‘Standing on a flat rooftop in north Tehran on a summer’s evening I am immersed in sound: the strains of the call to prayer echoing from local mosques; a rock beat from a passing car; the call of birds circling the mountains; a distant ringtone; the low-level hum of the city below.’ (Field notes, 2015)
Iran’s capital city is a vibrant metropolis, cradled in the foothills of the Alborz mountains, and the country’s political and cultural centre for over 200 years. Drawing on recent fieldwork in Tehran and on the writings of scholars such as Matt Sakakeeny and Abigail Wood, Laudan Nooshin discusses the relationship between Tehran’s urban environment and sound, including the work of local rappers.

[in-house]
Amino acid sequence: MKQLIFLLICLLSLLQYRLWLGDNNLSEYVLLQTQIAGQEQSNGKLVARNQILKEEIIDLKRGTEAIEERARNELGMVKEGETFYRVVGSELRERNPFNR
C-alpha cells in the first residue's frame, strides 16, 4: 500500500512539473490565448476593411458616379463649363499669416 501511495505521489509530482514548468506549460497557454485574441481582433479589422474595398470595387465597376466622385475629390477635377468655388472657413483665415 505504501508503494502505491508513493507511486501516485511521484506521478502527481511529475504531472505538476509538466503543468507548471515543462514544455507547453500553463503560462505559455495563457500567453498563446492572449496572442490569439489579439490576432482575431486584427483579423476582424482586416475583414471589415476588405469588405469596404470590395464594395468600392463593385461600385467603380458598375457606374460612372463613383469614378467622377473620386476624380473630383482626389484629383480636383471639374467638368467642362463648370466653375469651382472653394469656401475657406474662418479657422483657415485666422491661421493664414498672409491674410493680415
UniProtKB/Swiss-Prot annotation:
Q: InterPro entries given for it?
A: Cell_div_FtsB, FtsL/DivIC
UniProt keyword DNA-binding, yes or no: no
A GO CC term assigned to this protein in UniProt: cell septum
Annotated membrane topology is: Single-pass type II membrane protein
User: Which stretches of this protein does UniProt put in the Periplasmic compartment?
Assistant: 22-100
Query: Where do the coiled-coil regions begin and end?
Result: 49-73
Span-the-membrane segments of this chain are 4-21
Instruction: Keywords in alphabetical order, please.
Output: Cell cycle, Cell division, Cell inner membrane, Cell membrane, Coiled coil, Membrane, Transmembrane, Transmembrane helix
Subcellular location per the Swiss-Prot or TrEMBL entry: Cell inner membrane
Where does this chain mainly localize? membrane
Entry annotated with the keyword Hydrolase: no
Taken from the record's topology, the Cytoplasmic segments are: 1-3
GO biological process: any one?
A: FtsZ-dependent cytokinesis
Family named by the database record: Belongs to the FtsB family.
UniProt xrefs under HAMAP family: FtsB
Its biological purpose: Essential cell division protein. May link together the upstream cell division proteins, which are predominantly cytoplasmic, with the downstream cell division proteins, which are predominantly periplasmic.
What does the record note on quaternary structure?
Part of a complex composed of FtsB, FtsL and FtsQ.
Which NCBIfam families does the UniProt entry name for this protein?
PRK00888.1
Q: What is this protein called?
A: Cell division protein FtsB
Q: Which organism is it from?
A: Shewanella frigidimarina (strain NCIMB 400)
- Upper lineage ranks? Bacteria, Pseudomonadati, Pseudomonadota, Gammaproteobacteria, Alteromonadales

Professor Laudan Nooshin is the head of the Department of Music at City University, London. Her recent publications include the monograph Iranian Classical Music: The Discourses and Practice of Creativity (Ashgate Press, 2015), which was awarded the 2016 British Forum for Ethnomusicology Book prize, and the edited volumes Music and the Play of Power in the Middle East, North Africa and Central Asia (Ashgate Press, 2009) and The Ethnomusicology of Western Art Music (Routledge, 2014), as well as numerous journal articles and book chapters. She has also written a chapter on ‘Hip-hop Tehran: Migrating Styles, Musical Meanings, Marginalised Voices’ as part of the volume Migrating Music (Routledge, 2011). Laudan regularly writes feature articles and reviews CDs of Iranian music for Songlines: The World Music Magazine and is often contacted for advice and information on Iranian music and invited to speak about her research.